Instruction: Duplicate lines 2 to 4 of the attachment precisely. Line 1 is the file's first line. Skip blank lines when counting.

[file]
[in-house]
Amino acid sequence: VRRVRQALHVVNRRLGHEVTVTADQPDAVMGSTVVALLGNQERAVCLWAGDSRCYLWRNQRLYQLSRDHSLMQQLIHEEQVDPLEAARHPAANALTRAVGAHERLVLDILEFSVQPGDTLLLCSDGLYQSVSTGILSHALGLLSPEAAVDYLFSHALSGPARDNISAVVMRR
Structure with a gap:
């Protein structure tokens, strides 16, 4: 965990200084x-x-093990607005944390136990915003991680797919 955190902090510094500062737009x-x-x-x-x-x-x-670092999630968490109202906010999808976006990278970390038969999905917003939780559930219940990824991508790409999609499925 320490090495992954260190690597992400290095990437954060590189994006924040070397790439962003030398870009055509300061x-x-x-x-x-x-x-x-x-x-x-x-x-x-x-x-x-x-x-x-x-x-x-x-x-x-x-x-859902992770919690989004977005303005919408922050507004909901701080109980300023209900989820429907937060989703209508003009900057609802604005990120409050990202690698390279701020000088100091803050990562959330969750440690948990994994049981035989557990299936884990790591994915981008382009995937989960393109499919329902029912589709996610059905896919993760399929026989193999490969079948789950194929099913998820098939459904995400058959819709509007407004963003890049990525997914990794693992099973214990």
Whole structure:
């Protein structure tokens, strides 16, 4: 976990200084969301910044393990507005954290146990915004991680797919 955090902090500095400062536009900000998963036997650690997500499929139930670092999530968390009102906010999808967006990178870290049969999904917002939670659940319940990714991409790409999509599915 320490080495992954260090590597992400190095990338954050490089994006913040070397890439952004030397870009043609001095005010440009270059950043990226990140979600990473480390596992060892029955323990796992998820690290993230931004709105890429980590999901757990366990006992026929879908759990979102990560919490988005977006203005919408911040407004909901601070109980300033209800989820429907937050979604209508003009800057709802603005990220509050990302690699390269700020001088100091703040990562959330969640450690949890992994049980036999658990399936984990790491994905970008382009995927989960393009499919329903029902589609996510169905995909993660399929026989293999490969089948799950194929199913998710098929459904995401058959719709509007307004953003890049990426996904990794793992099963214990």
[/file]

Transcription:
Amino acid sequence: VRRVRQALHVVNRRLGHEVTVTADQPDAVMGSTVVALLGNQERAVCLWAGDSRCYLWRNQRLYQLSRDHSLMQQLIHEEQVDPLEAARHPAANALTRAVGAHERLVLDILEFSVQPGDTLLLCSDGLYQSVSTGILSHALGLLSPEAAVDYLFSHALSGPARDNISAVVMRR
Structure with a gap:
């Protein structure tokens, strides 16, 4: 965990200084x-x-093990607005944390136990915003991680797919 955190902090510094500062737009x-x-x-x-x-x-x-670092999630968490109202906010999808976006990278970390038969999905917003939780559930219940990824991508790409999609499925 320490090495992954260190690597992400290095990437954060590189994006924040070397790439962003030398870009055509300061x-x-x-x-x-x-x-x-x-x-x-x-x-x-x-x-x-x-x-x-x-x-x-x-x-x-x-x-859902992770919690989004977005303005919408922050507004909901701080109980300023209900989820429907937060989703209508003009900057609802604005990120409050990202690698390279701020000088100091803050990562959330969750440690948990994994049981035989557990299936884990790591994915981008382009995937989960393109499919329902029912589709996610059905896919993760399929026989193999490969079948789950194929099913998820098939459904995400058959819709509007407004963003890049990525997914990794693992099973214990």